Microsoft confirms it's patched most of the NSA's Windows exploits

Older versions, like Windows XP and Server 2003, are almost certainly vulnerable and will stay that way

Microsoft on Friday said it had patched most of the Windows vulnerabilities purportedly exploited by the National Security Agency (NSA) using tools that were leaked last week.

The Windows flaws were disclosed by the hacking gang Shadow Brokers in a large data dump earlier Friday. The group has released several collections of documents about the internal operations of the NSA, and the code it allegedly has used to compromise computers and other devices worldwide.

"Most of the exploits that were disclosed fall into vulnerabilities that are already patched in our supported products," Phillip Misner, a group manager in the Microsoft Security Response Center (MSRC), wrote in a post to a company blog.

Misner listed nine exploits included in the Shadow Brokers' dump, and named the security updates that patched the vulnerabilities each exploit leveraged. The updates had been issued from October 2008 to March 2017. And four of the nine were addressed in the MS17-010 security bulletin, which was released March 14.

Three other Windows exploits, Misner continued, had not been patched. "None reproduces on supported platforms, which means that customers running Windows 7 and more recent versions of Windows, or Exchange 2010 and newer versions of Exchange, are not at risk," he said [emphasis added]. "Customers still running prior versions of these products are encouraged to upgrade to a supported offering."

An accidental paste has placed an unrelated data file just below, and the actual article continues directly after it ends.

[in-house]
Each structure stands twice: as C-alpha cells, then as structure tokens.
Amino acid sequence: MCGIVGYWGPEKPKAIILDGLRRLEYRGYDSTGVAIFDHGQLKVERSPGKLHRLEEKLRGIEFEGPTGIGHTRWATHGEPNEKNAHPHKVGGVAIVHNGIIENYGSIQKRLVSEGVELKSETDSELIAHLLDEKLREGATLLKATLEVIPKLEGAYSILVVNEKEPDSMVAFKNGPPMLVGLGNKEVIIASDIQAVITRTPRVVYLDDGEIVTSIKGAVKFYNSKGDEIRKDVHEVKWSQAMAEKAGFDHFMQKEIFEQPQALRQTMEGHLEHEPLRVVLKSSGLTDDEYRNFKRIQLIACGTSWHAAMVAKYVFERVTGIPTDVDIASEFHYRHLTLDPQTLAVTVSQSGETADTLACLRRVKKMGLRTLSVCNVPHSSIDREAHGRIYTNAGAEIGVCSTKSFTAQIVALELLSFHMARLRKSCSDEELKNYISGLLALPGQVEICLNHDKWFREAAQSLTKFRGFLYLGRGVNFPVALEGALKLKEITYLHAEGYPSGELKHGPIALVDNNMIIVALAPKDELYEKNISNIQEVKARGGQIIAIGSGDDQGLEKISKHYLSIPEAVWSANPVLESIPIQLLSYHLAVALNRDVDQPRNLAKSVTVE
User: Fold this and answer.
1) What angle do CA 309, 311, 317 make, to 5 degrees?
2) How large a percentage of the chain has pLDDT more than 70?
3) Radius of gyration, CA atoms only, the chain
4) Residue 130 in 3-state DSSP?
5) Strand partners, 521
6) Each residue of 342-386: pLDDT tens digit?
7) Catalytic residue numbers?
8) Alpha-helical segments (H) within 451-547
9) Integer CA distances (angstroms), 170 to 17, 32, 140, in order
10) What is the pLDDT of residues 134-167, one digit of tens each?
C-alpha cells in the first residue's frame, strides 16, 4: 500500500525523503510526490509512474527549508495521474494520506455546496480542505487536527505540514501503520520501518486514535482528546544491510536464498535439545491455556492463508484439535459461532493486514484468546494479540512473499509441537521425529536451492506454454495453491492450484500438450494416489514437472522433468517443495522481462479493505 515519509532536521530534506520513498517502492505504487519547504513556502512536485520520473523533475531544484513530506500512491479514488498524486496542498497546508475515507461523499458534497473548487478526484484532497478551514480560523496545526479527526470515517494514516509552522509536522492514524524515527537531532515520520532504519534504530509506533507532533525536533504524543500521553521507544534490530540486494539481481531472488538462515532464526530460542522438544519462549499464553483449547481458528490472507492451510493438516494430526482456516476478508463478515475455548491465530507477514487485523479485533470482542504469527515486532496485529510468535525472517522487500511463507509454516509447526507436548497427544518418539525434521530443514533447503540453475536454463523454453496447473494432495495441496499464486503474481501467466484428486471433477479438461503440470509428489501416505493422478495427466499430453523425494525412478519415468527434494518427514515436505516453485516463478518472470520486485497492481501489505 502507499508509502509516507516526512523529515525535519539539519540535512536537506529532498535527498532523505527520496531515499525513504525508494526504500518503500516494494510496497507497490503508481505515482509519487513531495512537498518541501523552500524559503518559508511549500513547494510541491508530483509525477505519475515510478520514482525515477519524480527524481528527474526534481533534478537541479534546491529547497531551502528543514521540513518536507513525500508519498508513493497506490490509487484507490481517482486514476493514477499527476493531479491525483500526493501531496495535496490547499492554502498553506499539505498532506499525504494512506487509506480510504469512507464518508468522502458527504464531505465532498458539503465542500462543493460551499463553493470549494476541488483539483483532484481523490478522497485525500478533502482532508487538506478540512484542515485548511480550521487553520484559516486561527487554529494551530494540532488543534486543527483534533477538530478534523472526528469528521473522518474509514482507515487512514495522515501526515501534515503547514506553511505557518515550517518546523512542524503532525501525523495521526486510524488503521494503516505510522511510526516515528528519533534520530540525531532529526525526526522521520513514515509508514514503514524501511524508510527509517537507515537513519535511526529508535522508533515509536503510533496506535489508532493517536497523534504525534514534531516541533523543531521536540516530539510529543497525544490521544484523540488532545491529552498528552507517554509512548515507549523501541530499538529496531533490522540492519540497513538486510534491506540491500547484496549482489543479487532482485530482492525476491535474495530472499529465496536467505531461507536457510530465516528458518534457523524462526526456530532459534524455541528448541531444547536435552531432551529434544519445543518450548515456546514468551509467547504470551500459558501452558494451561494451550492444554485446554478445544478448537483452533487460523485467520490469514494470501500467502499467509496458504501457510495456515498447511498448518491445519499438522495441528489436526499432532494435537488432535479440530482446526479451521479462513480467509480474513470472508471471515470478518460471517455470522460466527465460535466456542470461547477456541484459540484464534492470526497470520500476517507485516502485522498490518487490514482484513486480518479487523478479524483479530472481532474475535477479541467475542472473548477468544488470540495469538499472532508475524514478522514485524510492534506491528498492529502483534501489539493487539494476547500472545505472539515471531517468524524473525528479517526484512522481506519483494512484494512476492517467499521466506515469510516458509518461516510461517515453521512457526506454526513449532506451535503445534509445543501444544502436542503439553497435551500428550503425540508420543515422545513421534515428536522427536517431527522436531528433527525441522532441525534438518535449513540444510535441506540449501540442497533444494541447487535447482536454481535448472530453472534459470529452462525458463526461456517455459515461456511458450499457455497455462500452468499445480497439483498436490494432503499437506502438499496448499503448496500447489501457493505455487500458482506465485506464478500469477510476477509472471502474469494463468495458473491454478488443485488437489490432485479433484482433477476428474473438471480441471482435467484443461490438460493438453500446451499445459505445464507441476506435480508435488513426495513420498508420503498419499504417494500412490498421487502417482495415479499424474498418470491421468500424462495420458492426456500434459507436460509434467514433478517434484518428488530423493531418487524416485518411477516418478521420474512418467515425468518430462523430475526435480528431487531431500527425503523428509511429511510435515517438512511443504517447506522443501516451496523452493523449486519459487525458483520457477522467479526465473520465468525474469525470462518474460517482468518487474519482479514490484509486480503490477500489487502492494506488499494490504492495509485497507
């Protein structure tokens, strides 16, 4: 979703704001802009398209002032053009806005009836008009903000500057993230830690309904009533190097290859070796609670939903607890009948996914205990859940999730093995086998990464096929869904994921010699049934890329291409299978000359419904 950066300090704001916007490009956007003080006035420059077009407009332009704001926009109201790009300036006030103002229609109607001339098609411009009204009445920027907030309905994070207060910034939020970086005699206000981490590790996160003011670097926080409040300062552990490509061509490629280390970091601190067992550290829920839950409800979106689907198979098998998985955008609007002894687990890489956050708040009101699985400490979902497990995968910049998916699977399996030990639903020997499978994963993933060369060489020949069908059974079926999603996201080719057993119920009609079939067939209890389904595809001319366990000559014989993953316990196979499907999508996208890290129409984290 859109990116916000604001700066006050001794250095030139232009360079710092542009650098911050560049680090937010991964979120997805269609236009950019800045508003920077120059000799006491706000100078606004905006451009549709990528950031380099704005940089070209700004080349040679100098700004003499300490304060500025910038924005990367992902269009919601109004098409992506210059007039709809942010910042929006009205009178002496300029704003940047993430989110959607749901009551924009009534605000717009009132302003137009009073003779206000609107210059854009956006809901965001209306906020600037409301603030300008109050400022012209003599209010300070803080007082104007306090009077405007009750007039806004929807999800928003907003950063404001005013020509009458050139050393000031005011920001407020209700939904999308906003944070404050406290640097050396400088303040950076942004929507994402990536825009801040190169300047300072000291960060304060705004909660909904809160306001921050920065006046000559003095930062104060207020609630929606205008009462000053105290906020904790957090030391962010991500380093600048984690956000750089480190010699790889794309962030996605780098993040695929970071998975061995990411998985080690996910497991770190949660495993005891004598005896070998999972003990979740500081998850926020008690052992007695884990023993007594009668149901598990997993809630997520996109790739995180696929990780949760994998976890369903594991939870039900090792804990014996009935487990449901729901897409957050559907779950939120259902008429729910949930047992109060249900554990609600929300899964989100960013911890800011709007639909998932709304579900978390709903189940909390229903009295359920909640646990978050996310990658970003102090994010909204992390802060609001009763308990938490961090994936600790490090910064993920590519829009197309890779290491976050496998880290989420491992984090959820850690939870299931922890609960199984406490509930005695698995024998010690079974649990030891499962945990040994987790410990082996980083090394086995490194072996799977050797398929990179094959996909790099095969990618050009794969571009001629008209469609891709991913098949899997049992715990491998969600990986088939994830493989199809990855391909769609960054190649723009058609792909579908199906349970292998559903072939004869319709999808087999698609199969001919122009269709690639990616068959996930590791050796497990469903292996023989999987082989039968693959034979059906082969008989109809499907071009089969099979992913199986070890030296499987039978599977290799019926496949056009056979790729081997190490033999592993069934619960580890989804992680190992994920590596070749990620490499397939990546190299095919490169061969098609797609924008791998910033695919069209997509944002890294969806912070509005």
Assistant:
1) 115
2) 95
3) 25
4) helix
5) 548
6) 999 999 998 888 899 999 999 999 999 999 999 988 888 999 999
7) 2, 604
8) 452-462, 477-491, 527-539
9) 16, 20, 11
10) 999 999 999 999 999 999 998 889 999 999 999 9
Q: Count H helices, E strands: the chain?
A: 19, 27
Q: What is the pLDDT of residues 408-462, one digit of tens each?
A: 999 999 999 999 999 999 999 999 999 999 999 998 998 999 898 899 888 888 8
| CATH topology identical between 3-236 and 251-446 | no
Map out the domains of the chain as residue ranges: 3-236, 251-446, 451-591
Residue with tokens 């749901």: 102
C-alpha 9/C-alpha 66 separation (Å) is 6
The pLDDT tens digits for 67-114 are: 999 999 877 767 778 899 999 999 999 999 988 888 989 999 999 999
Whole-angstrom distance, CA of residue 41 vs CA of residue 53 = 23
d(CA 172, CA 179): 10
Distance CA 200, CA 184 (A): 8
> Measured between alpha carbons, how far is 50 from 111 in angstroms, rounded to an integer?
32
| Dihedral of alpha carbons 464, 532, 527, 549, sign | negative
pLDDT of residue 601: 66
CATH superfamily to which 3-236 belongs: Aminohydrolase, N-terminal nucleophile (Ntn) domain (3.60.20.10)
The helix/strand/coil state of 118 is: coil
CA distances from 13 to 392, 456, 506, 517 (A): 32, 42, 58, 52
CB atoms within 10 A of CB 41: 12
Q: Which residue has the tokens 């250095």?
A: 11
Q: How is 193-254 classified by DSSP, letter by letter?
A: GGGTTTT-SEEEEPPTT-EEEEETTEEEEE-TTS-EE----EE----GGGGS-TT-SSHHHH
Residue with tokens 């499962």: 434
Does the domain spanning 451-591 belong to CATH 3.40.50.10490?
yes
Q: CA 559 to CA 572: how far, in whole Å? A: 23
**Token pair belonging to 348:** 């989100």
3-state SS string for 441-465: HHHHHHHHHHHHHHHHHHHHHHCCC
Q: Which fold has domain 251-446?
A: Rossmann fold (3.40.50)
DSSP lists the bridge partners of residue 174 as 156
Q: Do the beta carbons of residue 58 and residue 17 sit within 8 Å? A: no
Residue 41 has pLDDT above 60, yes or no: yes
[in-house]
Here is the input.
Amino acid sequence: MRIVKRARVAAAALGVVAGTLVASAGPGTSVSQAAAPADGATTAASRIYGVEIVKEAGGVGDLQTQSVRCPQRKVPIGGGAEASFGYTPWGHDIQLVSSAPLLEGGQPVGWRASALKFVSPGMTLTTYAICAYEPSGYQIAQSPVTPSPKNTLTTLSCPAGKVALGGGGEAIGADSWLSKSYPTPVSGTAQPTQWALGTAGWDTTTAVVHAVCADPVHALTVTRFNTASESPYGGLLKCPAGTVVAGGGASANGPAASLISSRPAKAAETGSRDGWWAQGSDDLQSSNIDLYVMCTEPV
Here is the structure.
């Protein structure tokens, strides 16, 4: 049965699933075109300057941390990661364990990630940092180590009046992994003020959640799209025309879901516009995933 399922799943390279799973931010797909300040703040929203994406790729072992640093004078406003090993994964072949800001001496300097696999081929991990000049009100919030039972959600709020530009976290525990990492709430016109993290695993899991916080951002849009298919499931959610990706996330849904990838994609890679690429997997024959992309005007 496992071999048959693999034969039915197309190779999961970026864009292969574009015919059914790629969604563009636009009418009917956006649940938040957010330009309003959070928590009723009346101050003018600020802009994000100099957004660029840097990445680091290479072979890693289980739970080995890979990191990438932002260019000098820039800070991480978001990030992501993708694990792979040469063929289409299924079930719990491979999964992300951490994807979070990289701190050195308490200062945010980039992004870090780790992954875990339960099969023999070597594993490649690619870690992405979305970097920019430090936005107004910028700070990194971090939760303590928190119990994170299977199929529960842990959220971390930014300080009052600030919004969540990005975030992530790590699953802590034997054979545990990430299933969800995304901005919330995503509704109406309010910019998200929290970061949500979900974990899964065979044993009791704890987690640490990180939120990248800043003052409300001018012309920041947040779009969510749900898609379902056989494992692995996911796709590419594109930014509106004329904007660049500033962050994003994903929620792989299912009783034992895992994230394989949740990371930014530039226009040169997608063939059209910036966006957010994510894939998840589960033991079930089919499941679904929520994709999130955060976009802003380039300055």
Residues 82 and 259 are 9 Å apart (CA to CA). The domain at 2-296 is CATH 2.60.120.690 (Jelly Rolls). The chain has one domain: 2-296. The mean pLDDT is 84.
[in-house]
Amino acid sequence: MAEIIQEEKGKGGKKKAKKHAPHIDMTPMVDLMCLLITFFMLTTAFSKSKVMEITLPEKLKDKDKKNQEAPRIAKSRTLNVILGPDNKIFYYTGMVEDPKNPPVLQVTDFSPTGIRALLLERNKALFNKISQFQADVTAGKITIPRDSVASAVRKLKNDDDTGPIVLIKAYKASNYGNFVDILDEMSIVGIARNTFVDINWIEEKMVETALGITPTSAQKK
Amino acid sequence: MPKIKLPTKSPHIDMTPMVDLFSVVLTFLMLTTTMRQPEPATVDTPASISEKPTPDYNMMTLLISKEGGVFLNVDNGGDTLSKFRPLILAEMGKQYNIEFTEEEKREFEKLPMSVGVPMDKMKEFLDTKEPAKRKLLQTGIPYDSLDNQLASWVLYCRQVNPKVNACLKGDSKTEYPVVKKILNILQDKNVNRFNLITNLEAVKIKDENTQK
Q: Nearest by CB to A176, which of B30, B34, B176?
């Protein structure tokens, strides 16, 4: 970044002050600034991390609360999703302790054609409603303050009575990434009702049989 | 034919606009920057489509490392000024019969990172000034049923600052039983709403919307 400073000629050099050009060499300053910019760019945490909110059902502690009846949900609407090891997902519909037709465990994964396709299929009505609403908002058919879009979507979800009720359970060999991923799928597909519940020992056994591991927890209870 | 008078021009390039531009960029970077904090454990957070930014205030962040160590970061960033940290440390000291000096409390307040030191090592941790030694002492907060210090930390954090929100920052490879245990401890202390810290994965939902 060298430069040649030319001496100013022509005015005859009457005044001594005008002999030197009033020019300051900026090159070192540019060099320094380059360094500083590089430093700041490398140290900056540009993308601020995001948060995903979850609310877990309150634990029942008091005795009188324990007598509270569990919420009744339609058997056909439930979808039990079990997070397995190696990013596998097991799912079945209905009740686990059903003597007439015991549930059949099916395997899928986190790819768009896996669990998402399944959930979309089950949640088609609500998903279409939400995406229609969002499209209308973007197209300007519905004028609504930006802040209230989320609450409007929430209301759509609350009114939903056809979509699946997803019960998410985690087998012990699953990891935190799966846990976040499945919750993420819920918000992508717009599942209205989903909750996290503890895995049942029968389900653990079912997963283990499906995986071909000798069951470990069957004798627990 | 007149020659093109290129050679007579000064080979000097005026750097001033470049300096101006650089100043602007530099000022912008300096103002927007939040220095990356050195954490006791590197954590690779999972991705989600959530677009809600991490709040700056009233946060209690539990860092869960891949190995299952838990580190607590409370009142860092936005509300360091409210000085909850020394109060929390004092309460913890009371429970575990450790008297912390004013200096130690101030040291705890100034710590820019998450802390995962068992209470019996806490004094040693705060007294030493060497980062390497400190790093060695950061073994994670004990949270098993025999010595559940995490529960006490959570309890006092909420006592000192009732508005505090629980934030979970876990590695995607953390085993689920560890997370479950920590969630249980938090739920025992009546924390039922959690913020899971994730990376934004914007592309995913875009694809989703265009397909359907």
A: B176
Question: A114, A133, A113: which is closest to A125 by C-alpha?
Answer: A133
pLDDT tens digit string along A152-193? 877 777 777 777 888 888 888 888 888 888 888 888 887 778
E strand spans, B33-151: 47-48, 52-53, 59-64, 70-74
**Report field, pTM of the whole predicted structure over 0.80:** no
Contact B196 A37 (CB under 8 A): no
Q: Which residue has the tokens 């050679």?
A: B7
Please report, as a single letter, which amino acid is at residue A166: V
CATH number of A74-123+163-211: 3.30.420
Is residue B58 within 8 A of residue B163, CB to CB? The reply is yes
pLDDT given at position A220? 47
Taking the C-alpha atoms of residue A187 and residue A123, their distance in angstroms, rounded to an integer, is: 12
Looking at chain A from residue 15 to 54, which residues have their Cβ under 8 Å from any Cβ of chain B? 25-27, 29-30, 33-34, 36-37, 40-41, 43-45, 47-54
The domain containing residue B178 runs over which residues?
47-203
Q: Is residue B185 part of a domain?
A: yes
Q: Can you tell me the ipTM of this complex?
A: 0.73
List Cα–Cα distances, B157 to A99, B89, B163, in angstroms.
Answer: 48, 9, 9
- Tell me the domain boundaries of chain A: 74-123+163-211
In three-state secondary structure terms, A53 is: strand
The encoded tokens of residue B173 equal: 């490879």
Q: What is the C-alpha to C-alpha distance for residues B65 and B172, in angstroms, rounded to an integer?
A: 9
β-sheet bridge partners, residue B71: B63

Miser's wording was important: Because the three exploits relied on vulnerabilities that were either not present or not effective in Windows 7 and later, the company would not be patching those editions. However, he implied that earlier versions are vulnerable.

Microsoft retired Windows Vista last week, and the even older Windows XP more than three years ago. The latter would be at risk, since it hasn't received security updates since 2014, and thus could be vulnerable to at least four and perhaps as many as seven of the 12 exploits. (Even though it was retired this month, it appeared that Vista was patched against most of the NSA exploits, perhaps all of them.)

Some of the exploits allegedly used by the NSA relied on vulnerabilities in older and not-supported SKUs (stock-selling units) of Windows Server, according to Matt Suiche, founder of the security firm Comaeio, who named Windows 2003 specifically.

But even the SKUs for which Microsoft has issued updates may be vulnerable if customers have not applied the fixes. That would especially apply to MS17-010, issued just over a month ago and thus unlikely to have been deployed by every enterprise.

Suiche recommended that users, even those still running the continues-to-be-patched Windows 7, upgrade to the newest SKU, Windows 10. "It is considerably harder to exploit bugs on Windows 10 than it is on Windows 7," Suiche asserted. "If you didn't yet, you should upgrade your OS to Windows 10 ASAP."

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